Will Ending Its Double Coupon Program Hurt Kroger?   

By George Anderson, RetailWire

It's no secret that price plays a significant role in consumer decision-making when it comes to buying groceries. Food store operators from Aldi to Whole Foods are in one way or another pitching savings to capture a greater share of consumer purchases.

It might come as little surprise, therefore, that some consumers are up-in-arms over Kroger's decision to end double coupons in its Mid-Atlantic region, even after the company announced it was lowering prices on thousands of items as part of its everyday low price strategy.

Consumers, according to the News & Observer, "flooded" Kroger's Facebook page this weekend to protest the end of double coupons. Several likened Kroger's action to J.C. Penney's ill-fated decision to end coupons and sales under former CEO Ron Johnson. "There's only so many customers that coupon or double coupon," Carl York, a Kroger spokesperson told the Charleston Daily Mail, "but lower prices across the store help out many more customers."

"I think customers are really going to see their bills go down," Mr. York added.

Discussion Questions:
Which goes further in enhancing a retailer's price image: double coupon offers or lowering everyday retail prices? Would you have handled the shift in pricing strategy differently than Kroger? 

Comments from the RetailWire BrainTrust:

Dropping double coupons is probably a good idea. Stores do their best to close the loopholes the extreme couponers exploit. Lowering everyday prices is a better move. The highest volume supermarkets in the USA rarely offer double coupons. Sure the extreme couponers might move on, but Kroger isn't making money off of them.
David Livingston, Principal, DJL Research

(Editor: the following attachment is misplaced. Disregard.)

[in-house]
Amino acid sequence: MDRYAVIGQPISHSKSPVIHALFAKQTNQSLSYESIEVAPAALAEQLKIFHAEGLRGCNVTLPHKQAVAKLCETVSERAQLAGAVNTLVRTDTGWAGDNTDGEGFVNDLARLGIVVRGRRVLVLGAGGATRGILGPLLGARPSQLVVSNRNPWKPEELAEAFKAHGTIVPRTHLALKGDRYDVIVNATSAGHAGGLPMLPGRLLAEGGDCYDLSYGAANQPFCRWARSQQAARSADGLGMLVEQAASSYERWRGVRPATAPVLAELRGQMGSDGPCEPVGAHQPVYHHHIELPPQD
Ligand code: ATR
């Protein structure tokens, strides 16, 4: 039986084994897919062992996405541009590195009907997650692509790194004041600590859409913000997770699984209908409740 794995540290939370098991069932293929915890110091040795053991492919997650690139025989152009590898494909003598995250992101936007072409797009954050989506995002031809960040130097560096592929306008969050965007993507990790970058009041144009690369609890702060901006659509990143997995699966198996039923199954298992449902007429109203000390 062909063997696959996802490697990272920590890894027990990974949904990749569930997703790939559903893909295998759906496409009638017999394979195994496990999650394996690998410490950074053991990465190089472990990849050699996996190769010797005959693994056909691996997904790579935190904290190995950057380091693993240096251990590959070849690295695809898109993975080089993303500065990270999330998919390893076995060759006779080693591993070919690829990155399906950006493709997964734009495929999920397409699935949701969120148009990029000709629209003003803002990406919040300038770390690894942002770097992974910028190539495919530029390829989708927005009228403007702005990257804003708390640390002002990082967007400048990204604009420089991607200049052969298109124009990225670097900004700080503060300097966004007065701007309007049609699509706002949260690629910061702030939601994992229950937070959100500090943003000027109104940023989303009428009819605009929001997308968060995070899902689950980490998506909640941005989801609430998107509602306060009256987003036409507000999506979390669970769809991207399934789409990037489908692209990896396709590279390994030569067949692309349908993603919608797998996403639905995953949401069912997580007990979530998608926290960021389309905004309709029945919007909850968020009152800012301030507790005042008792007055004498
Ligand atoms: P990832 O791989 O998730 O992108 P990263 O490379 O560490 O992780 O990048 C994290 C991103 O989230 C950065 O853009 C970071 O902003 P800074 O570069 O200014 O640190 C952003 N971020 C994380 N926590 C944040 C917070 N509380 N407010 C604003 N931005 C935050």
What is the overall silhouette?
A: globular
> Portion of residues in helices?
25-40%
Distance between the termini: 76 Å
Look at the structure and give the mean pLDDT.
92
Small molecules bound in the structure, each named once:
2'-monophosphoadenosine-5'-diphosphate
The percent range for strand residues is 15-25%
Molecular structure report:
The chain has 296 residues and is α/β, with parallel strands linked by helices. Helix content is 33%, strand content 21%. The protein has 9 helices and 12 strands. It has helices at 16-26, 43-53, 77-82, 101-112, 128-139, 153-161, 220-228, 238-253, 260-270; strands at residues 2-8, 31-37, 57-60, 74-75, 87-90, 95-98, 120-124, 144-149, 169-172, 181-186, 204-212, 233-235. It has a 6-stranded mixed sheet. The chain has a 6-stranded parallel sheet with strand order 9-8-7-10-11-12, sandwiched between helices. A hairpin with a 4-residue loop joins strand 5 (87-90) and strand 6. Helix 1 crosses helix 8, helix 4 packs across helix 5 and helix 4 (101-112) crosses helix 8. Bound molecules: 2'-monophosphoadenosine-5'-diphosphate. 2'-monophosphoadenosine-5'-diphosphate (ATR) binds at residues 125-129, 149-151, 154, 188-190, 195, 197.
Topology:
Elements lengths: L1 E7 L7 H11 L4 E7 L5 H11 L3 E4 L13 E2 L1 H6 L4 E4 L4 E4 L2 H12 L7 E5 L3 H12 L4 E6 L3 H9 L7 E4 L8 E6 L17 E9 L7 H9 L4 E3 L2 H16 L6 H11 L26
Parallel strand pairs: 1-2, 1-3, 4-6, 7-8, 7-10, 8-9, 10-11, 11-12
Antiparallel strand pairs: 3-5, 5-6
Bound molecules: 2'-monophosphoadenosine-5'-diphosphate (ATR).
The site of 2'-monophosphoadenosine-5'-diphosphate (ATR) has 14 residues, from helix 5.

Consumer perception is the reality that retailers have to deal with. It appears the perception (rightly or wrongly) is that double coupons provide lower cost market baskets than across-the-board price cuts. Another possibility is the double coupon users are simply more vocal (they are losing something they know the value of) than the other shoppers who have yet to realize the savings from the broader based, lower cost items.
Steve Montgomery, President, b2b Solutions, LLC

In the past, retailers who have dropped their double coupons programs have survived the short-term fallout that it can cause. Kroger did a good thing in giving customers another program to offset the coupons. I am sure they will use their top-notch, targeted customer offers to address some of those customers who have objections to dropping the double coupons.
J. Peter Deeb, Managing Partner, Deeb MacDonald & Associates, L.L.C.

Two words: Ask Walmart.

The problem that Kroger and so many other food retailers face is that they have played pricing games with the customer for too many years. Despite the deepest insights of many marketers, folks ain't dumb!

Walmart started with price integrity which allowed it to succeed with a modified EDLP approach. Supermarkets, on the other hand, have had "loyalty card" discounts (code for if you are paying the full shelf price, you are a chump because it's inflated to offset the loyalty discount); coupons; double coupons; and—in the bad old days—even triple coupons.

So, if you've spent the last 30 or 40 years teaching the customer that slash and burn discounts are the only way to get the "best" price, you shouldn't be too surprised when they get upset when you stop double coupons.

If I had been Kroger, I would have worried a lot more about price impression and a lot less about actual prices. Lowering thousands of prices just tells the customer you've been overcharging them for years.
Ryan Mathews, Founder, ceo, Black Monk Consulting

The fact is, Walmart does quite well with EDLP and JCPenney failed miserably at it. What works for one retailer won't necessarily work for them all.